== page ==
Nature conservation

Threatened species

Dillwynia tenuifolia - profile

Indicative distribution

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The areas shown in pink and/purple are the sub-regions where the species or community is known or predicted to occur. They may not occur thoughout the sub-region but may be restricted to certain areas. ( click here to see geographic restrictions). The information presented in this map is only indicative and may contain errors and omissions.
Scientific name: Dillwynia tenuifolia
Conservation status in NSW: Vulnerable
Commonwealth status: Not listed
Profile last updated: 10 Sep 2019


A low spreading pea-flower shrub to a metre high. Its leaves are small and narrow (linear-terete, soft, 4-12mm long, with the tip often bent downwards). The wide orange-yellow and red pea-flowers are usually single, at or near the tips of the branches. Seed pods are brownish, egg-shaped, 4-5mm long with reticulate seeds. Both the singular orange flowers and the stem hairs distinguish it from the similar and more common yellow-flowered Dillwynia glaberrima and D. floribunda.


The core distribution is the Cumberland Plain from Windsor and Penrith east to Dean Park near Colebee. Other populations in western Sydney are recorded from Voyager Point and Kemps Creek in the Liverpool LGA, Luddenham in the Penrith LGA and South Maroota in the Baulkham Hills Shire. Disjunct localities outside the Cumberland Plain include the Bulga Mountains at Yengo in the north, and Kurrajong Heights and Woodford in the Lower Blue Mountains.

Habitat and ecology

  • In western Sydney, may be locally abundant particularly within scrubby/dry heath areas within Castlereagh Ironbark Forest and Shale Gravel Transition Forest on tertiary alluvium or laterised clays. May also be common in transitional areas where these communities adjoin Castlereagh Scribbly Gum Woodland. At Yengo, is reported to occur in disturbed escarpment woodland on Narrabeen sandstone.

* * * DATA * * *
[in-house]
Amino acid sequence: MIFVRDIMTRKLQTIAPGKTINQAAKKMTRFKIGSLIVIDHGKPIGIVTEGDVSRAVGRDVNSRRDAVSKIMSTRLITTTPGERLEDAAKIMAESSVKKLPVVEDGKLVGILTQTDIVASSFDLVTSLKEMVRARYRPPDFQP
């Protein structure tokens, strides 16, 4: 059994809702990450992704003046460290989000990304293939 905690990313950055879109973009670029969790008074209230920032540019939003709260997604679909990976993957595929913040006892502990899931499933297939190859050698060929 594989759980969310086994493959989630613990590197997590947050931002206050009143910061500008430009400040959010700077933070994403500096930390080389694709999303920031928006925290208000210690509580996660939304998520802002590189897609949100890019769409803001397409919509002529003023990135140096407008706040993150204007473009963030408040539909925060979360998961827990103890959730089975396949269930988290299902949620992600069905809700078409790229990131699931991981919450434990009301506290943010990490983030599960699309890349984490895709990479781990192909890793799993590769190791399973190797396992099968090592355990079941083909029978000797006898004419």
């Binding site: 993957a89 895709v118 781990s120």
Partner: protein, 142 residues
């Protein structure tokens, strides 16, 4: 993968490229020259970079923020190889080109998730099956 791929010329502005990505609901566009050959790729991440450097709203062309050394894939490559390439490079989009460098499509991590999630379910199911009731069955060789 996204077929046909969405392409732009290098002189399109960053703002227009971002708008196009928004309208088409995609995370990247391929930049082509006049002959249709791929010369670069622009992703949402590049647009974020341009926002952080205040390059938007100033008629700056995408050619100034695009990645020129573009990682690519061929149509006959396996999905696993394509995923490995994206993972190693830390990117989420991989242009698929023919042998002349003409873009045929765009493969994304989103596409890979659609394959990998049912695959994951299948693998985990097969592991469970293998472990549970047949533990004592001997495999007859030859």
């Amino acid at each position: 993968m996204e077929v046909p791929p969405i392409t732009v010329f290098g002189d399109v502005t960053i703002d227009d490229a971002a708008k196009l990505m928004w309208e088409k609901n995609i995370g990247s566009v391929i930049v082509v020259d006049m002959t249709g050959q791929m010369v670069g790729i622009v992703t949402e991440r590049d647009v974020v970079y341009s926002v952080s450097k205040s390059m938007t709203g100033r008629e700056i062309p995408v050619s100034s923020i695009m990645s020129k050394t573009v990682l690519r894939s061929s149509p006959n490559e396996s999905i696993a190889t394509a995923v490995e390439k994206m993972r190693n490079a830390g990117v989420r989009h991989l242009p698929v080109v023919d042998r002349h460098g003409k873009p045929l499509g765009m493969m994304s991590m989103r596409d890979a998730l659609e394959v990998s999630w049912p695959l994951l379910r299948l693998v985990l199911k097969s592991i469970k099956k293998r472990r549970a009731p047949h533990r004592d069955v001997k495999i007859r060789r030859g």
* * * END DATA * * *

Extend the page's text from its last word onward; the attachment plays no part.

• Eucalyptus fibrosa is usually the dominant canopy species. Eucalyptus globoidea, E. longifolia, E. parramattensis, E. sclerophylla and E. sideroxylon may also be present or codominant, with Melaleuca decora frequently forming a secondary canopy layer. Associated species may include Allocasuarina littoralis, Angophora bakeri, Aristida spp. Banksia spinulosa, Cryptandra spp. Daviesia ulicifolia, Entolasia stricta, Hakea sericea, Lissanthe strigosa, Melaleuca nodosa, Ozothamnus diosmifolius and Themeda australis. D. tenuifolia is often found in association with other threatened species such as Dodonaea falcata, Grevillea juniperina, Micromyrtus minutiflora, Pultenaea parviflora and Styphelia laeta. At Yengo D. tenuifolia is reported to occur in disturbed escarpment woodland on Narrabeen sandstone. Associated tree species include Eucalyptus eximia, E. punctata, E. sparsifolia and Callitris endlicheri. The shrub layer is dominated by D. tenuifolia, Leucopogon muticus, Leptospermum parvifolium and Pultenaea microphylla (Maryott-Brown & Wilks 1993).
  • Flowering occurs sporadically through the year with a peak from from August to March depending on environmental conditions. Pollinators are unknown. The lifespan is estimated to be 20-30 years. It is thought a minimum of 3-4 years is required before seed is produced.
  • Seeds are hard coated and are persistent in the soil seed bank. Dispersal is likely to be localised and ants are the probable vectors
  • Killed by fire and re-establishes from soil-stored seed.
  • Abundance is influenced by past disturbance history e.g. fire. The high population densities at some recorded sites (200,000+ individuals) reflects prolific seed germination in response to fire.

Regional distribution and habitat

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Recovery strategies

Activities to assist this species

Information sources

IBRA Bioregion IBRA Subregion Known or predicted Geographic restrictions region
Sydney BasinCumberland Known None
Sydney BasinWollemi Known None
Sydney BasinYengo Known None